Sunday, February 5, 2017
Album Review: Black Star Riders - Heavy Fire
So here we are with the third record, the one that will either right the ship, or the one that will make it obvious that Black Star Riders doesn't have the fire to keep a hot streak going.
Unfortunately, it seems the latter is the case, and I have to say I saw it coming. With Ricky Warwick having released two albums of material last year, and Damon Johnson starting his own side-project as well, the core of the songwriting for the band was making it all too obvious they were spreading themselves too thin. Not many people can write albums upon albums of songs in such short order, and it seems Black Star Riders have fallen victim to the necessity in this day for artists to make as much music as they possibly can.
Many of the songs here play from the same blueprint as the first two Black Star Riders albums so closely that the chord progressions sound nearly identical, and with the lack of bluesy riffs to balance out the familiar chords, there's an immediate lack of freshness to the album. It sounds a bit stale. Even if you like the sound, which I do, there is nothing whatsoever about this album to differentiate it from the first two. And if all three albums are identical, I'm not sure why I would ever listen to anything but the amazing debut.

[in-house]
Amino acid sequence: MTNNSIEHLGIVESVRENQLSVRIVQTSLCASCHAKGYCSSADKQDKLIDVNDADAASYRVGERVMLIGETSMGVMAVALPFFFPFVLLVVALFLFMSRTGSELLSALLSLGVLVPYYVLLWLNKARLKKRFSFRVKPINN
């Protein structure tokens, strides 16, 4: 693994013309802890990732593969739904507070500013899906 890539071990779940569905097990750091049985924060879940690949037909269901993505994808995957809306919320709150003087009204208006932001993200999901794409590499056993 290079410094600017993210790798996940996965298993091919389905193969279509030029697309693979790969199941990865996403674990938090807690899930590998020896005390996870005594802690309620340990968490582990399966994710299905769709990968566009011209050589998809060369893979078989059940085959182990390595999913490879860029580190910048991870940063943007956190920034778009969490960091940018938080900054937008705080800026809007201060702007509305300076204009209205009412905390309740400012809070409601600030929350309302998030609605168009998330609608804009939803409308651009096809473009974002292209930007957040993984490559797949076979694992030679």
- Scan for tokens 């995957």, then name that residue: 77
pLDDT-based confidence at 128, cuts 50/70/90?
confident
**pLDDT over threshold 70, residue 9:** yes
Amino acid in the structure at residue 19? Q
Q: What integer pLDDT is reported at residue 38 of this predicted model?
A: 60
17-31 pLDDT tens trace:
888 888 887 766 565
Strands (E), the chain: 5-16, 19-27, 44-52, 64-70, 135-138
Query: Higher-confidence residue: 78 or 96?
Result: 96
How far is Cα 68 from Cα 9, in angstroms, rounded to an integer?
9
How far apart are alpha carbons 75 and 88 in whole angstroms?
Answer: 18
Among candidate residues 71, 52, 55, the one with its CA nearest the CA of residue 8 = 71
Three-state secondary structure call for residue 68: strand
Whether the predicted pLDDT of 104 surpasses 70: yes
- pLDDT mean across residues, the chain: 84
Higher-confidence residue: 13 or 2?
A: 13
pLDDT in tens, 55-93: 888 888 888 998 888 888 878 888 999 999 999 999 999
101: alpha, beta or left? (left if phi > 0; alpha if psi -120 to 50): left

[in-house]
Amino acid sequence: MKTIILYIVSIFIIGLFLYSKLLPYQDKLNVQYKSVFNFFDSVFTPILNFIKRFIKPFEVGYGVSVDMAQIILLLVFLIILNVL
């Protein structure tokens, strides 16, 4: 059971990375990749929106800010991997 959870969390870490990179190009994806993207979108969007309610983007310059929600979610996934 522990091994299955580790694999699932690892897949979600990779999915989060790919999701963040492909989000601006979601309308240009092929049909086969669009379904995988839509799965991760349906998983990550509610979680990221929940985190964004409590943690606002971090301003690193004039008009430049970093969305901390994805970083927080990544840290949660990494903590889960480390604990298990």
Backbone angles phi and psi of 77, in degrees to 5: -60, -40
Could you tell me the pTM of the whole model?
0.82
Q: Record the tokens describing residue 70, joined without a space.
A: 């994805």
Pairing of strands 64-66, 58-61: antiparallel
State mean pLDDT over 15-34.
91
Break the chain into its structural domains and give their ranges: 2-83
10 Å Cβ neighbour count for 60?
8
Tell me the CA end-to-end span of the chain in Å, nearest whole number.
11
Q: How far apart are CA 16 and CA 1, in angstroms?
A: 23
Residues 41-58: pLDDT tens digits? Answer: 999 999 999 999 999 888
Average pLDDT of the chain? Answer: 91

The other issue I'm having trouble with is Warwick's insistence on repeating lines in the choruses of these songs. Plenty of other bands have done it before, and I always find it to be a lazy way of writing. Rather than find something interesting to say for four lines, or altering the melody ever so slightly to give the song some movement, he chooses instead to repeat the exact same thing. There's no skill in that.
That being said, there are still moments on the album that are great. "Cold War Love" uses an interesting muted soft riff to lead into a chorus that finally sounds like the big melody I've been waiting for. The subdued nature of the song, and the build and release it utilizes, gives the track an identity so it stands out. It's a very fine song, and easily my favorite here.
So what can we say about "Heavy Fire"? Well, I don't want to say it's a bad album, because it's not. It's perfectly solid, and I would enjoy it a fair bit on its merits, if it weren't for the fact that I feel Black Star Riders have already made this exactly same album, and better. Black Star Riders are a good band, and I wish them well, but they are a bit of a one-trick pony. At this point, as the albums blend together and Ricky Warwick's melodies seem to intersect, hearing one song/album is hearing them all. It's good, but I need something more.